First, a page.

Bowel cancer screening
NHS bowel cancer screening checks if you could have bowel cancer. It's available to everyone aged 60 or over. The programme is expanding to include 56 year olds in 2021.
You use a home test kit, called a faecal immunochemical test (FIT), to collect a small sample of poo and send it to a lab. This is checked for tiny amounts of blood.
Blood can be a sign of polyps or bowel cancer. Polyps are growths in the bowel. They are not cancer, but may turn into cancer over time.
If the test finds anything unusual, you might be asked to have further tests to confirm or rule out cancer.
Why screening is offered
Regular NHS bowel cancer screening reduces the risk of dying from bowel cancer.
Bowel cancer is the 4th most common type of cancer. Screening can help find it at an early stage, when it's easier to treat.
How to get a home test kit
Everyone aged 60 to 74 who is registered with a GP and lives in England is automatically sent a bowel cancer screening kit every 2 years. The programme is expanding to include 56 year olds in 2021.
Make sure your GP practice has your correct address so your kit is posted to the right place.
If you're 75 or over, you can ask for a kit every 2 years by phoning the free bowel cancer screening helpline on 0800 707 60 60.
If you're worried about a family history of bowel cancer or have any symptoms, speak to a GP for advice.
Bowel scope screening
Previously, some people aged 55 were invited for a one-off test where a healthcare professional uses a tube with a camera to look inside the bowel. This is called bowel scope screening.
Bowel scope screening is no longer offered.
If you were invited for this test but have not had it because it was delayed due to coronavirus, you will have been sent a home test kit from April 2021. Once you have received your kit, please use it and return it as soon as possible.
How to use the home test kit
The screening kit used in England is the faecal immunochemical test kit – known as the FIT kit.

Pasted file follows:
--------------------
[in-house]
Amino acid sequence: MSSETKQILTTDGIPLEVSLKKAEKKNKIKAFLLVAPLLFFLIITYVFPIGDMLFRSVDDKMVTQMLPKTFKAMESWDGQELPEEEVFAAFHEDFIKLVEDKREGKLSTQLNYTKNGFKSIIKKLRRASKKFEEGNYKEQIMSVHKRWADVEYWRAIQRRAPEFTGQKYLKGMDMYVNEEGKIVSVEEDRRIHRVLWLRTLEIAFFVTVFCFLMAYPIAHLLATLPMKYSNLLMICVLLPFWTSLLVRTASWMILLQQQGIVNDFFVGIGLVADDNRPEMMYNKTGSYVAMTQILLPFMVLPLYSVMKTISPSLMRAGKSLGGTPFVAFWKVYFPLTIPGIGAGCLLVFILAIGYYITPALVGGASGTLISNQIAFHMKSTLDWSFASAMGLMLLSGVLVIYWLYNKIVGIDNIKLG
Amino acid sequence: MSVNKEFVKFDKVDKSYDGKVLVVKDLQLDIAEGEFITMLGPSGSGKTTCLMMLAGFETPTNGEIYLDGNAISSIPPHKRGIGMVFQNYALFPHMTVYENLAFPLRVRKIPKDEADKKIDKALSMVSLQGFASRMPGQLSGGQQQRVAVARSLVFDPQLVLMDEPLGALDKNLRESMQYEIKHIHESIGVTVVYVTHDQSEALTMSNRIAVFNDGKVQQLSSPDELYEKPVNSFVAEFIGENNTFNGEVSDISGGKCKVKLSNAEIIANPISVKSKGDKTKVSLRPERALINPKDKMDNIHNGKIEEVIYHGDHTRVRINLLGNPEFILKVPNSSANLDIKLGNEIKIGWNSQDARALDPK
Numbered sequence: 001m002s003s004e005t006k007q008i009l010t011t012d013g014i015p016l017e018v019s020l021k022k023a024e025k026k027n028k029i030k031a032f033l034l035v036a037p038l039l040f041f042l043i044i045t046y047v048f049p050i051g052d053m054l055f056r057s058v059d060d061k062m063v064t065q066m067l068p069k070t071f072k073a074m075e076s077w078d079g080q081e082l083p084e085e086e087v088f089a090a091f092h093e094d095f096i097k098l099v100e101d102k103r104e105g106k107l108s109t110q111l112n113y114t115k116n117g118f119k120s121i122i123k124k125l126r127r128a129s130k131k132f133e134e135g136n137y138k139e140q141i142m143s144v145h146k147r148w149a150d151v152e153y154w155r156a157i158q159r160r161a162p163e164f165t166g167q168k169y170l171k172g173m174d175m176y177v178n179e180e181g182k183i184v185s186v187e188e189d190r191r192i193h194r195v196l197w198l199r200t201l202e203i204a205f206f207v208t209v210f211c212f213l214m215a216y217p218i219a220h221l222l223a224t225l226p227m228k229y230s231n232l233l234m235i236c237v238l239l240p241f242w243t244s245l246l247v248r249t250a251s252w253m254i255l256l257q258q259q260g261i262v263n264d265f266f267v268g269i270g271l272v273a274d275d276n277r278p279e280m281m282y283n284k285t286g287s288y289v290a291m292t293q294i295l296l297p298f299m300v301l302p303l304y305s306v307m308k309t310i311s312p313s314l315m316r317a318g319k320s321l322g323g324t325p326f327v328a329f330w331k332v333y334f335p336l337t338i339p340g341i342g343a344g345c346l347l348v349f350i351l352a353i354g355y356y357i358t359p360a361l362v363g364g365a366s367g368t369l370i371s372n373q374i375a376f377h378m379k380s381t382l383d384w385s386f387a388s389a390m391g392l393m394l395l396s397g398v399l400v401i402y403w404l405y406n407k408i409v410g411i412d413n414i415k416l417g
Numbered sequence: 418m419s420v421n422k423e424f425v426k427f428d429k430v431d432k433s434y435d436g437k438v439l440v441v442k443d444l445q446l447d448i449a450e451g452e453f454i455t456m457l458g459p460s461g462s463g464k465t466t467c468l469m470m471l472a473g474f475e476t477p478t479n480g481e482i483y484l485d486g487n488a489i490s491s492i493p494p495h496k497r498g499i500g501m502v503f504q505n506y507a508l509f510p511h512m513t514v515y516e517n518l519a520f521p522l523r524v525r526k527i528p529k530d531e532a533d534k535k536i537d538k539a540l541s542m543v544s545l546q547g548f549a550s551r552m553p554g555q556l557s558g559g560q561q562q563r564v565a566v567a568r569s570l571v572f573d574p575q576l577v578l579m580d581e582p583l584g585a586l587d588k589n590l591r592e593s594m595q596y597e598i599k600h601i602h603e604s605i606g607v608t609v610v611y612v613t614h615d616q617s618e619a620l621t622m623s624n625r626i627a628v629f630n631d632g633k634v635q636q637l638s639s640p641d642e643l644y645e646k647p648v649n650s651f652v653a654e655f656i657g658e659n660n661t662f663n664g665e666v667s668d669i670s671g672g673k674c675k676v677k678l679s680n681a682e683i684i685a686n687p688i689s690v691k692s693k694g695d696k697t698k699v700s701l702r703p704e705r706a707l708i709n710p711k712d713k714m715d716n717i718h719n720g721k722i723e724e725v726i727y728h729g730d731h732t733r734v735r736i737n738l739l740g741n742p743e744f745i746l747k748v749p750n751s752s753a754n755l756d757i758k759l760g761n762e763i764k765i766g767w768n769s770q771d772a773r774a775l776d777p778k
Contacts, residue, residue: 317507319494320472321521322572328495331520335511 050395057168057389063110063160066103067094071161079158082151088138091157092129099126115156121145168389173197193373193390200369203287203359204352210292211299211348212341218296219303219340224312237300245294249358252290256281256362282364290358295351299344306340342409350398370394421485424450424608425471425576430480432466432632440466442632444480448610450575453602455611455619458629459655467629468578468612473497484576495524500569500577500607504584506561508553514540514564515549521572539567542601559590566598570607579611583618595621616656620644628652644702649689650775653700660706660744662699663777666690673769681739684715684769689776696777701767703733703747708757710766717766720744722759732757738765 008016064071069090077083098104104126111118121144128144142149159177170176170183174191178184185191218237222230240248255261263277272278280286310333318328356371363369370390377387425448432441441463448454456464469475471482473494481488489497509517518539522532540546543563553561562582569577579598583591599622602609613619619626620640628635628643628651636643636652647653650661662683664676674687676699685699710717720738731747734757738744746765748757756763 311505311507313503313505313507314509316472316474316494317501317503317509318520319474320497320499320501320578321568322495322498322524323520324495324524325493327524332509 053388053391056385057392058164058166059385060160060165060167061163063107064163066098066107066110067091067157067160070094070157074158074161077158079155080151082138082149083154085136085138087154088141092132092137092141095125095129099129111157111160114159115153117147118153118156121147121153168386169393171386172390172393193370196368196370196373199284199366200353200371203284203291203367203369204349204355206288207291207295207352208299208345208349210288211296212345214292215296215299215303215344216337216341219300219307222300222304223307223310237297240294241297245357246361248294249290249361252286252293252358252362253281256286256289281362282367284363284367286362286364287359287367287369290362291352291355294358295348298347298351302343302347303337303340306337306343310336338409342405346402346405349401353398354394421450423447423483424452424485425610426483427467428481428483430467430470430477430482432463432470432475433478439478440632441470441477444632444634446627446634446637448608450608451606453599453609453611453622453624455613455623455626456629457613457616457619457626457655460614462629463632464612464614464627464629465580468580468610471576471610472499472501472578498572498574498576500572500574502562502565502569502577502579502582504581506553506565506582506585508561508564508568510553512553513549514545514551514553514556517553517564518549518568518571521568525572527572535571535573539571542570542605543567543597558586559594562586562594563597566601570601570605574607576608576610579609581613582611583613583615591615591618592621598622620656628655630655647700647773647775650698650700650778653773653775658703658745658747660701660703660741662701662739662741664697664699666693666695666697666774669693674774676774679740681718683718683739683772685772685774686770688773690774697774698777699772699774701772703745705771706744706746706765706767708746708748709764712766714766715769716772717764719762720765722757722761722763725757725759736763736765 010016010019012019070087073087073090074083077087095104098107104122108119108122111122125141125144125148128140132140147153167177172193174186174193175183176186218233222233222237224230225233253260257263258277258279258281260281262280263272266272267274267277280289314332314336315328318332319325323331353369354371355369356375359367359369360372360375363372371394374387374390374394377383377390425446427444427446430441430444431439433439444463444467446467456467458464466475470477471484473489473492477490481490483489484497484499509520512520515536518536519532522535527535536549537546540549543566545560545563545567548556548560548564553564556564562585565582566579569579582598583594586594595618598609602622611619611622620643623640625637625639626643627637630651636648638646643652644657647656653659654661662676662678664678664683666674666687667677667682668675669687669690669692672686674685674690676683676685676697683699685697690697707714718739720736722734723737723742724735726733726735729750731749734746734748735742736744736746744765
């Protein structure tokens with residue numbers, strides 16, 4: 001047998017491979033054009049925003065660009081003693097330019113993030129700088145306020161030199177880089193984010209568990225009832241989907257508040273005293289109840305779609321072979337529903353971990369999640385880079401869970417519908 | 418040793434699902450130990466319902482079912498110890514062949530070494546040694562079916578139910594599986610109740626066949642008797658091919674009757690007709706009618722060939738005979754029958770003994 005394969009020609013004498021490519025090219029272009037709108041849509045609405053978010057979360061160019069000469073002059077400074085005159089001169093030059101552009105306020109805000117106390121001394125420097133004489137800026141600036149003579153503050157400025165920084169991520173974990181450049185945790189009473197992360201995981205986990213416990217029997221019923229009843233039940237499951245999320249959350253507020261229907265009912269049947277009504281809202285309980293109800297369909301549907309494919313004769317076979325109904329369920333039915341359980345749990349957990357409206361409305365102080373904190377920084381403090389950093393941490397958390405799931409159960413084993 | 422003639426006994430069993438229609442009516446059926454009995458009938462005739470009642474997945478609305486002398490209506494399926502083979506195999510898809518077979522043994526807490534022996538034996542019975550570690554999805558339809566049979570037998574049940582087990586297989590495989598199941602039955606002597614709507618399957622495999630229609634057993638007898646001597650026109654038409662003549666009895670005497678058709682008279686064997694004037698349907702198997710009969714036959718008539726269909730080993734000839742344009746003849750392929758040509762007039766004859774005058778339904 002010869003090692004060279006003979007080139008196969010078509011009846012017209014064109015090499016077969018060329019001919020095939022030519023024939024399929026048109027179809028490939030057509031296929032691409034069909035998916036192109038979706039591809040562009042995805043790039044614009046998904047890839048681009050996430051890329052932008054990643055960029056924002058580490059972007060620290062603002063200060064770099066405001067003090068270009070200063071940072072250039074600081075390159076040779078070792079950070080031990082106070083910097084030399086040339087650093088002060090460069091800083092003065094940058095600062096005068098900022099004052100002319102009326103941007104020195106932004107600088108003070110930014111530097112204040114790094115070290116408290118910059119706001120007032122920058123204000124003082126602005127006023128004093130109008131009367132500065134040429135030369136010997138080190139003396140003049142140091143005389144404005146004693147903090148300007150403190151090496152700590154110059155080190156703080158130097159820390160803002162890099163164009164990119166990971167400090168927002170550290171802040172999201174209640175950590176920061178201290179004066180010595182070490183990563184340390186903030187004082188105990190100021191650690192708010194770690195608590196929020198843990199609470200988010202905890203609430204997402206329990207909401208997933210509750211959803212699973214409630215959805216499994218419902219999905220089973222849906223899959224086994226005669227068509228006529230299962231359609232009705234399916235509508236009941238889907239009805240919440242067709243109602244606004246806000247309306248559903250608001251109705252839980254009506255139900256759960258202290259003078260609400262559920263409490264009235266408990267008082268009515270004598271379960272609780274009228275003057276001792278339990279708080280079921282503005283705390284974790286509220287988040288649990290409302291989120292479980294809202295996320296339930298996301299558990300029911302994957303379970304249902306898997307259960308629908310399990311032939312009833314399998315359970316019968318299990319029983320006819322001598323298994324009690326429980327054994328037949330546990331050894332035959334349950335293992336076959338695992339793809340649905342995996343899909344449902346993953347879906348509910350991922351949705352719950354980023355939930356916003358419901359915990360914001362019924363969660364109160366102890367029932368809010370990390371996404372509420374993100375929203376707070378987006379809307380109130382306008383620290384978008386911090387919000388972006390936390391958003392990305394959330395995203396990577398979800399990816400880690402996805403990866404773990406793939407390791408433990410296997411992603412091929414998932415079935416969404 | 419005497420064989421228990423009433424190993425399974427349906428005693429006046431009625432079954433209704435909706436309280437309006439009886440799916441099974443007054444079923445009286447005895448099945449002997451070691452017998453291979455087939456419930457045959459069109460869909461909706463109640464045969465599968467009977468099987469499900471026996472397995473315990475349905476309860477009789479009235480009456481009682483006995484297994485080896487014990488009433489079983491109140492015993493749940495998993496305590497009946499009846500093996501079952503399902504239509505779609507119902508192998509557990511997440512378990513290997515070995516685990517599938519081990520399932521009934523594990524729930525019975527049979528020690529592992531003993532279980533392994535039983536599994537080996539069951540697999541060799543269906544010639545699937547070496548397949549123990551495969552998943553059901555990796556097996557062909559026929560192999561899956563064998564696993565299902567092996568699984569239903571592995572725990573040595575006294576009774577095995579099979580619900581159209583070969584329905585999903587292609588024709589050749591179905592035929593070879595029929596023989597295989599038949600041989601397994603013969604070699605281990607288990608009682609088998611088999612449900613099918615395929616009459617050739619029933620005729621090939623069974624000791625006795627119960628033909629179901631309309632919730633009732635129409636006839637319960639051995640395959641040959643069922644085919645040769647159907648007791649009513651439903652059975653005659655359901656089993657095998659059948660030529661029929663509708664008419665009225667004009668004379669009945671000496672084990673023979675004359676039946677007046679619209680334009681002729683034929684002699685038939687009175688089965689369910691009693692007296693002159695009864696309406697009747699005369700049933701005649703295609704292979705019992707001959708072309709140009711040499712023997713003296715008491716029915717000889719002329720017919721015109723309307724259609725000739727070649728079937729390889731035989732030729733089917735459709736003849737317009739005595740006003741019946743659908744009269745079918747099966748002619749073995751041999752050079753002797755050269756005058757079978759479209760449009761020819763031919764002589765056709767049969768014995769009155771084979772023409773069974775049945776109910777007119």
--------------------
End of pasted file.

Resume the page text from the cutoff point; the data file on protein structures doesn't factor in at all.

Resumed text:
You collect a small sample of poo on a small plastic stick and put it into the sample bottle and post it to a lab for testing.
There are instructions that come with the kit.
Your test result
Your result should be posted to you within 2 weeks of sending off your kit.
There are 2 types of result.
No further tests needed
This result means:
- no blood was found in your poo sample, or only a tiny amount was found
- you do not need to do anything at this time
- you'll be invited to do another screening test in 2 years (if you'll still be under 75 by then)
This is not a guarantee that you do not have bowel cancer. See a GP if you have or get symptoms of bowel cancer, even if you have already done a screening kit.
About 98 in 100 people do not need further tests.
Further tests needed
This result means:
- blood was found in your poo sample
- you do not necessarily have bowel cancer (the blood could be the result of something like piles) but you'll be offered an appointment to talk about having another test called a colonoscopy to look for the cause
A colonoscopy is where a thin tube with a camera inside is passed into your bottom to look for signs of bowel cancer.
About 2 in 100 people are asked to have further tests.
Risks of screening
No screening test is 100% reliable.
There's a chance a cancer could be missed, meaning you might be falsely reassured.
There's also a small risk that the colonoscopy test you might have if screening finds something unusual could damage your bowel, but this is rare.
More information and advice
Call the free bowel cancer screening helpline on 0800 707 60 60 if:
- you have not had your result after 2 weeks from when you sent off your kit
- you want to know more about screening
- you do not want to be invited for bowel cancer screening
The Bowel Cancer Screening Programme has information in other formats, including: